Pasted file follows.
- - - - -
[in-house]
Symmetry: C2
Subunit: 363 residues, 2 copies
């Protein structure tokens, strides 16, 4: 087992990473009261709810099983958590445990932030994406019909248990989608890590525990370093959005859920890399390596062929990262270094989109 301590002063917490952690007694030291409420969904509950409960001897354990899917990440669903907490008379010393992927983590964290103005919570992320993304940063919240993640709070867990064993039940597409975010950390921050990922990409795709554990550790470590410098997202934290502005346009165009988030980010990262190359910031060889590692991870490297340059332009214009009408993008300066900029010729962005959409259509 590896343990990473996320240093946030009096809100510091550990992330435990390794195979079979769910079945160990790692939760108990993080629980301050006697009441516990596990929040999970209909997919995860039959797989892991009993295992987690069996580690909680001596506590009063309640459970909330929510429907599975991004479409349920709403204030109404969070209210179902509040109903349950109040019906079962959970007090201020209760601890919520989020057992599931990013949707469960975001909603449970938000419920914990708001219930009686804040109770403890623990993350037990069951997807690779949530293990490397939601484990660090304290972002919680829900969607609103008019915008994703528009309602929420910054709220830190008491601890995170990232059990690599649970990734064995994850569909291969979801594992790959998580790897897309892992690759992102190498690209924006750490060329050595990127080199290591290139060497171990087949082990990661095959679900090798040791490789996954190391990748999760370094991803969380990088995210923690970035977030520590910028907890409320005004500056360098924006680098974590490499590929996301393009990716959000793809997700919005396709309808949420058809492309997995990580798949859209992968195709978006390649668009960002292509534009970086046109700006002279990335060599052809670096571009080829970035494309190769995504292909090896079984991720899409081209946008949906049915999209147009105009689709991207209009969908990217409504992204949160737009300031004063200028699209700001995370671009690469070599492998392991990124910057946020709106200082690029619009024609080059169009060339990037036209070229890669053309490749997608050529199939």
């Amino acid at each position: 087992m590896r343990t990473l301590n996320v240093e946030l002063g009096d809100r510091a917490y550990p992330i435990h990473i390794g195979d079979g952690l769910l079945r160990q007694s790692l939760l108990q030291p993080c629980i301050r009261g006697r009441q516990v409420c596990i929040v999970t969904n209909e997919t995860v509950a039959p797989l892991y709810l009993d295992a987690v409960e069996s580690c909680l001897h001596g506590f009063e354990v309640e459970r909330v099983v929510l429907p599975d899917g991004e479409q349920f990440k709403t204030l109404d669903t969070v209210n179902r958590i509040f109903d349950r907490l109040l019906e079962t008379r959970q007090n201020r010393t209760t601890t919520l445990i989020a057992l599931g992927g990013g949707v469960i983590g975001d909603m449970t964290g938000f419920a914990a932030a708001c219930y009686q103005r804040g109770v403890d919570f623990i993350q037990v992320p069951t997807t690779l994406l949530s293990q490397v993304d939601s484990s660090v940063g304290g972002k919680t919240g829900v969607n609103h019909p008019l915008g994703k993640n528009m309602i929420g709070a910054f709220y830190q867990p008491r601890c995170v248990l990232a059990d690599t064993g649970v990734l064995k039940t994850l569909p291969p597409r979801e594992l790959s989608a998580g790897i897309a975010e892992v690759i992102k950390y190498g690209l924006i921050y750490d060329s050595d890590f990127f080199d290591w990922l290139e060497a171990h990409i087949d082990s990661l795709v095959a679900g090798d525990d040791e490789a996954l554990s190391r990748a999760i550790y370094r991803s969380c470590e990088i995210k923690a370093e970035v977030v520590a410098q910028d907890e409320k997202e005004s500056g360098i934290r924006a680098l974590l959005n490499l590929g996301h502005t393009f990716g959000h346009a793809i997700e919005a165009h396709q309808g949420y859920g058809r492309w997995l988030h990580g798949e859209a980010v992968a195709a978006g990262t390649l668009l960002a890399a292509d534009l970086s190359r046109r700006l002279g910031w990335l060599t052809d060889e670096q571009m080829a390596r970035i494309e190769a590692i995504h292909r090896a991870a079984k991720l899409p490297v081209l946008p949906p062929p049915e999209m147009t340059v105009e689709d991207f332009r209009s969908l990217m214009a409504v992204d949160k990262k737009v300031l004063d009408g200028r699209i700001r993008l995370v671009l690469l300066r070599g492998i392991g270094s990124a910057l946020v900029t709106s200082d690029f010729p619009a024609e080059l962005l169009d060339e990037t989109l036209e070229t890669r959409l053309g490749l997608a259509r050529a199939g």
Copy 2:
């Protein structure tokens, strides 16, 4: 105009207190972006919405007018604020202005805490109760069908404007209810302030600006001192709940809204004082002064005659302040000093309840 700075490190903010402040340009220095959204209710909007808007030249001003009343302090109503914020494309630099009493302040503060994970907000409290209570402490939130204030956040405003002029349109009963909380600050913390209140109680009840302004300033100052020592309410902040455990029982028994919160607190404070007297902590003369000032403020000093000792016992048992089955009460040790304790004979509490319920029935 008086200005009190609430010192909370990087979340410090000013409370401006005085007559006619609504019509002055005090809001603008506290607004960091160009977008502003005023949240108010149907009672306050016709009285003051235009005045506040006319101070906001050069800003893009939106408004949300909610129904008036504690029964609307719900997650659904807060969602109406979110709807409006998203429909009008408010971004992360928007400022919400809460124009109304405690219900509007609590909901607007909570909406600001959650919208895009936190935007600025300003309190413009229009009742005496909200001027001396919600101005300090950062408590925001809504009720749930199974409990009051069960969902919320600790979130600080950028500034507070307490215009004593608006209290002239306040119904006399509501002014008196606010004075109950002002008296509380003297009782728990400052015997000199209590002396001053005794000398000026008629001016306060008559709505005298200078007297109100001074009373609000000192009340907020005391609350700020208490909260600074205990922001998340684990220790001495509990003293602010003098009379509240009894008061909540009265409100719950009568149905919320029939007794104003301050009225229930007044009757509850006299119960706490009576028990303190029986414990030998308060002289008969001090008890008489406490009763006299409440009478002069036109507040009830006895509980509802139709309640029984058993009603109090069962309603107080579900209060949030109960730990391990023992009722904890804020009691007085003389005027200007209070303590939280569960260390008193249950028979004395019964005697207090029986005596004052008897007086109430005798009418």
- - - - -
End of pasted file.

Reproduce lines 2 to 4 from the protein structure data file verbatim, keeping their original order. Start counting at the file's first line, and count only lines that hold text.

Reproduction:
Symmetry: C2
Subunit: 363 residues, 2 copies
């Protein structure tokens, strides 16, 4: 087992990473009261709810099983958590445990932030994406019909248990989608890590525990370093959005859920890399390596062929990262270094989109 301590002063917490952690007694030291409420969904509950409960001897354990899917990440669903907490008379010393992927983590964290103005919570992320993304940063919240993640709070867990064993039940597409975010950390921050990922990409795709554990550790470590410098997202934290502005346009165009988030980010990262190359910031060889590692991870490297340059332009214009009408993008300066900029010729962005959409259509 590896343990990473996320240093946030009096809100510091550990992330435990390794195979079979769910079945160990790692939760108990993080629980301050006697009441516990596990929040999970209909997919995860039959797989892991009993295992987690069996580690909680001596506590009063309640459970909330929510429907599975991004479409349920709403204030109404969070209210179902509040109903349950109040019906079962959970007090201020209760601890919520989020057992599931990013949707469960975001909603449970938000419920914990708001219930009686804040109770403890623990993350037990069951997807690779949530293990490397939601484990660090304290972002919680829900969607609103008019915008994703528009309602929420910054709220830190008491601890995170990232059990690599649970990734064995994850569909291969979801594992790959998580790897897309892992690759992102190498690209924006750490060329050595990127080199290591290139060497171990087949082990990661095959679900090798040791490789996954190391990748999760370094991803969380990088995210923690970035977030520590910028907890409320005004500056360098924006680098974590490499590929996301393009990716959000793809997700919005396709309808949420058809492309997995990580798949859209992968195709978006390649668009960002292509534009970086046109700006002279990335060599052809670096571009080829970035494309190769995504292909090896079984991720899409081209946008949906049915999209147009105009689709991207209009969908990217409504992204949160737009300031004063200028699209700001995370671009690469070599492998392991990124910057946020709106200082690029619009024609080059169009060339990037036209070229890669053309490749997608050529199939």